through  a  first	 layer of menus.  Caveat: % occurring in pass-
	      words must be escaped as %%.  Caveat: occurs outside  of	client
	      session  so  cannot be debugged with -T.	A trick	when debugging
	      is to move this code into	the status script temporarily  so  you
	      can see what is going on.

       logout Executed	prior  to  disconnect.	Get device in a	state so login
	      script will work (though hopefully disconnecting	will  do  that

       status_all, status[%s]
	      Obtain  plug  state  for	all  plugs or only the specified plug.
	      When all plugs of	a device are involved in a plug	status	query,
	      the  status_all script, if defined, will be called in preference
	      to the status script; otherwise the status script	is called  for
	      each plug.

       on_all, on_range[%s], on[%s]
	      Power on all plugs, a range of plugs, or the specified plug.

       off_all,	off_range[%s], off[%s]
	      Power off	all plugs, a range of plugs, or	the specified plug.

       cycle_all, cycle_range[%s], cycle[%s]
	      Power  cycle all plugs, a	range of plugs,	or the specified plug.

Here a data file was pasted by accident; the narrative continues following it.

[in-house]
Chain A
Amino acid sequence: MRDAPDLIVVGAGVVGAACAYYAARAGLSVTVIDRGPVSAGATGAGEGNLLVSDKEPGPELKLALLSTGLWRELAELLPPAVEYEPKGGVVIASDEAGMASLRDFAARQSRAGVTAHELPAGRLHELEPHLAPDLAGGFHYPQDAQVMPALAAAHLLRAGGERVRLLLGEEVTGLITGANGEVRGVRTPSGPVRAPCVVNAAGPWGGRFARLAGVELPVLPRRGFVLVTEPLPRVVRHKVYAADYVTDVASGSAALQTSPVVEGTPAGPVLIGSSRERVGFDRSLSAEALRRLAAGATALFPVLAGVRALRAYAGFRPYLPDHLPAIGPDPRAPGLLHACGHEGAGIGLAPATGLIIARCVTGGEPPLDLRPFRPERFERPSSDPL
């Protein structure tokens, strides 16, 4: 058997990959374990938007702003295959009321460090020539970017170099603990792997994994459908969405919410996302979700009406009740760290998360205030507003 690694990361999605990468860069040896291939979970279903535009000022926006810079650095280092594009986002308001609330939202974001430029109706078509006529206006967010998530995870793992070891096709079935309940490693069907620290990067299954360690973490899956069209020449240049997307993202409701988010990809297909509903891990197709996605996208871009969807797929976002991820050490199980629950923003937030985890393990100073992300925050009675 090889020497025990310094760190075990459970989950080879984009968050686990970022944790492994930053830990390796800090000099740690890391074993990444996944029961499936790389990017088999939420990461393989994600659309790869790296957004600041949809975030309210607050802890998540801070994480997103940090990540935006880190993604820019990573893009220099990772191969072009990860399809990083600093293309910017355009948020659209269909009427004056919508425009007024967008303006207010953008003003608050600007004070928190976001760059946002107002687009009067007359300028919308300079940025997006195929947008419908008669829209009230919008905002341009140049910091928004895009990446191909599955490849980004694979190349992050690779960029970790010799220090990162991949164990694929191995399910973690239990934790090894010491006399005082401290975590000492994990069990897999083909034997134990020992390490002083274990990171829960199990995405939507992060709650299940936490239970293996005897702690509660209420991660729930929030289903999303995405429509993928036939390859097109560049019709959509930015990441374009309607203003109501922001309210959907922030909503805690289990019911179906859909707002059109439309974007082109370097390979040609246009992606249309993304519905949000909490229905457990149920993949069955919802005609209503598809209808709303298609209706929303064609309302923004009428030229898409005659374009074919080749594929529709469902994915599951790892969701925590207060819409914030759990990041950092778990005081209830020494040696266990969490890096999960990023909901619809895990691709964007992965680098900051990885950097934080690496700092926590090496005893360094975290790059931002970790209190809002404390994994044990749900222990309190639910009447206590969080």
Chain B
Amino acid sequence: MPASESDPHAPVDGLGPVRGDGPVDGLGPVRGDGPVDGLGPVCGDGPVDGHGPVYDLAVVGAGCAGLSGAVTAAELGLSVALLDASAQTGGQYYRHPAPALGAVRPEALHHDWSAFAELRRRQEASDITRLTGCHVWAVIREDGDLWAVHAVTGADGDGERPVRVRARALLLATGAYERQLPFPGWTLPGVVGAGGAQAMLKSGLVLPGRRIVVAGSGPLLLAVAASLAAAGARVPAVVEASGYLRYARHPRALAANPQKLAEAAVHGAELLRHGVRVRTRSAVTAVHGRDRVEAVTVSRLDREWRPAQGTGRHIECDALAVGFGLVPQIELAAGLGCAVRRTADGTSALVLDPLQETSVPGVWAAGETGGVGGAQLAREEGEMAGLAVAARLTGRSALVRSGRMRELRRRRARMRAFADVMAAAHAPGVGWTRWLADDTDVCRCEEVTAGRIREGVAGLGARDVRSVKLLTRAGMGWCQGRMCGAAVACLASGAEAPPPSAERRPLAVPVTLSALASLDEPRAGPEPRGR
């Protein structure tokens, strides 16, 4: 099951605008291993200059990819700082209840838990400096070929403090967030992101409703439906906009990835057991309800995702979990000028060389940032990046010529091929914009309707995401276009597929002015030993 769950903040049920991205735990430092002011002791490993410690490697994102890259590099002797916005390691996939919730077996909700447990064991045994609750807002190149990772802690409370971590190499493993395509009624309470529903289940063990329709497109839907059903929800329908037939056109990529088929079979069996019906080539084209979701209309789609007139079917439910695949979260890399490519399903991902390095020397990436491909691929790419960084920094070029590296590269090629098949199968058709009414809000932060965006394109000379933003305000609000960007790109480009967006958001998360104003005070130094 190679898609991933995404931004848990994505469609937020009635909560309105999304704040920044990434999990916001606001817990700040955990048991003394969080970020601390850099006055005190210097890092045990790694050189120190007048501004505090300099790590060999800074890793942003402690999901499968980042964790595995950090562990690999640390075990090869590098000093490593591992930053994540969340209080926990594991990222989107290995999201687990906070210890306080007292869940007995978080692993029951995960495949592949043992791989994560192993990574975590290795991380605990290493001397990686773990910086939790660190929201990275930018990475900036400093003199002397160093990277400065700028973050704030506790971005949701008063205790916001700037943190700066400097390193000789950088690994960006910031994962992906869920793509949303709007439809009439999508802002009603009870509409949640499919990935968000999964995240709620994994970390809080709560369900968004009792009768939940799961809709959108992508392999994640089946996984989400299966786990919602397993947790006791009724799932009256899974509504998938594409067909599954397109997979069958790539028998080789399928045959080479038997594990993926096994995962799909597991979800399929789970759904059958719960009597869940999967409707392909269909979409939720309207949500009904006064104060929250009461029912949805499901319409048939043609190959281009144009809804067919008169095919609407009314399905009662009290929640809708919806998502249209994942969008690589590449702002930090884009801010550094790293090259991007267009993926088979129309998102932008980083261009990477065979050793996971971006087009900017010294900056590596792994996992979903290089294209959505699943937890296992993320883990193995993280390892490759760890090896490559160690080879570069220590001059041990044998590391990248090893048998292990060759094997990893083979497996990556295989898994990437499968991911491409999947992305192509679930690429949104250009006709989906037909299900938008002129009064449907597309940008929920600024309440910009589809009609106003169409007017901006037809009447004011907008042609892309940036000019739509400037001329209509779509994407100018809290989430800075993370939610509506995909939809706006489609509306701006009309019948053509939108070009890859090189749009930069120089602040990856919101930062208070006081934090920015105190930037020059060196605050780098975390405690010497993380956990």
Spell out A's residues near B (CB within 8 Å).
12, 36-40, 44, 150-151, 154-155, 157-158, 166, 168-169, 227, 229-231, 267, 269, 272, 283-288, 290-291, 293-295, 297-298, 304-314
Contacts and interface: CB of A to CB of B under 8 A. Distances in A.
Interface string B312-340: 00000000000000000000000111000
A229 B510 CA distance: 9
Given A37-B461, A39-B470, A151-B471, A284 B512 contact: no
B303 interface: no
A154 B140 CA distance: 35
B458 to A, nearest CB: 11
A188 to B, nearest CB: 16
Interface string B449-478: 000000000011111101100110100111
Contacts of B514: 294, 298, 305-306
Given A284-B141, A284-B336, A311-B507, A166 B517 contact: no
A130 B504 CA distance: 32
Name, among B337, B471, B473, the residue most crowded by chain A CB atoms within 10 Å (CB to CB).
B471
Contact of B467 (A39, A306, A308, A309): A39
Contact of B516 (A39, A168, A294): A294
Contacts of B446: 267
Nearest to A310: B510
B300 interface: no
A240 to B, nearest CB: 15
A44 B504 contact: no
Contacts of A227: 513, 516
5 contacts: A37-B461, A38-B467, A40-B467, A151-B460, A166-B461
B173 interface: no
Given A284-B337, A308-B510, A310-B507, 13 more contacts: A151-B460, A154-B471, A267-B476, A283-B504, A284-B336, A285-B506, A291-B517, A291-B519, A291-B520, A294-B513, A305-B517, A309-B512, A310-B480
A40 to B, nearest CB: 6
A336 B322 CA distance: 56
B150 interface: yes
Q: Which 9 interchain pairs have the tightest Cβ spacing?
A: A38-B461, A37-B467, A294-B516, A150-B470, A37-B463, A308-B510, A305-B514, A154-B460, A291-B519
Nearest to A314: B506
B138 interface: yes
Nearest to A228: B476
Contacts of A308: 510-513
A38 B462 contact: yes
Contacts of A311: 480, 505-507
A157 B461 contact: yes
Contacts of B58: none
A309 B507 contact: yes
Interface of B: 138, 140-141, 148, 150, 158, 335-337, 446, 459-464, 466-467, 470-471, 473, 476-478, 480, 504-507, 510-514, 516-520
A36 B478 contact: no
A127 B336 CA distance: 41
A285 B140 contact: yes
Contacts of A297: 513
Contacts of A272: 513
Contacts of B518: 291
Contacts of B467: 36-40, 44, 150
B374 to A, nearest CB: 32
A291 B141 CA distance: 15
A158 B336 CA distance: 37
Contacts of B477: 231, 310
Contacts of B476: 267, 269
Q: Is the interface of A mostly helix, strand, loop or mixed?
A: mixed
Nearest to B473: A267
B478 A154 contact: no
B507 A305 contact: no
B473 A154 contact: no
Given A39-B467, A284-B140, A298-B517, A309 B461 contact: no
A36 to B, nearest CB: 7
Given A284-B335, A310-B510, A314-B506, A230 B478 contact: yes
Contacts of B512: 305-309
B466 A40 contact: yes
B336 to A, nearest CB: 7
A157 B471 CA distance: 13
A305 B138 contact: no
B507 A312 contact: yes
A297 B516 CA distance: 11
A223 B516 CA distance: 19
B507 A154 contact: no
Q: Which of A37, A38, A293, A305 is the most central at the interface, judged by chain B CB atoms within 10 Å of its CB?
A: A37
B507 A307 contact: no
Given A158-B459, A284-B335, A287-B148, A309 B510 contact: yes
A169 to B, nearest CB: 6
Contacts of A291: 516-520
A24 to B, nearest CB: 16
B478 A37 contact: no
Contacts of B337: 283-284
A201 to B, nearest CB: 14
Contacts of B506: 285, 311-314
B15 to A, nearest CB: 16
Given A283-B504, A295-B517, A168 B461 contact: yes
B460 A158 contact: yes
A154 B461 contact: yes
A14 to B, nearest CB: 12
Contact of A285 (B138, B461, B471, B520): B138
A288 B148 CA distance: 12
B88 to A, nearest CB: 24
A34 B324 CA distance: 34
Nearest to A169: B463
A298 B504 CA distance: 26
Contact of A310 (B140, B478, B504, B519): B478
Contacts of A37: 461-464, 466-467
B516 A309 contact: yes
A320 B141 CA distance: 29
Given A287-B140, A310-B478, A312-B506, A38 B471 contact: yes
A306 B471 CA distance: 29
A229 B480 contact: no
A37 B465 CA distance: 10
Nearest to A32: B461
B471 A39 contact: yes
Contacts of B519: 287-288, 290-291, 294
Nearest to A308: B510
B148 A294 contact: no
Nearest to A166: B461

The intent of this command was to	map to the  RPC's  cycle  com-
	      mand;  however, device script are	increasingly implementing this
	      in terms of a power off/delay/power so the off time can be  con-
	      trolled by the script.

       status_soft_all,	status_soft[%s]
	      Obtain  soft  power  state  for  all plugs or only the specified
	      plug.  Soft Power	refers to the "standby state" of the node.  On
	      means the	node is	powered	up.  Off means either the node is pow-
	      ered off at the plug or is powered on at the plug	and in standby
	      mode.  This is really only useful	on devices that	include	both a
	      plug relay and a probe into the node attached to	a  non-standby
	      power source.

       status_temp_all,	status_temp[%s]
	      Obtain  temperature  reading for all plugs or only the specified
	      plug.  Temperature is obtained by	sampling a thermocouple	in the
	      node.   Results  are reported as a text string - not interpreted
	      by Powerman beyond any regex chopping done by the	script.

       status_beacon_all, status_beacon[%s]
	      Obtain beacon state for all plugs	or only	 the  specified	 plug.
	      Some RPC's include a way to flash	a light	on a node.

	      Flash beacon on the specified plug.

	      Clear beacon on the specified plug.

       reset_all, reset_range[%s], reset[%s]
	      Reset  all  plugs, a range of plugs, or only the specified plug.
	      Reset refers to signaling	a motherboard reset butten header, not
	      a	plug cycle.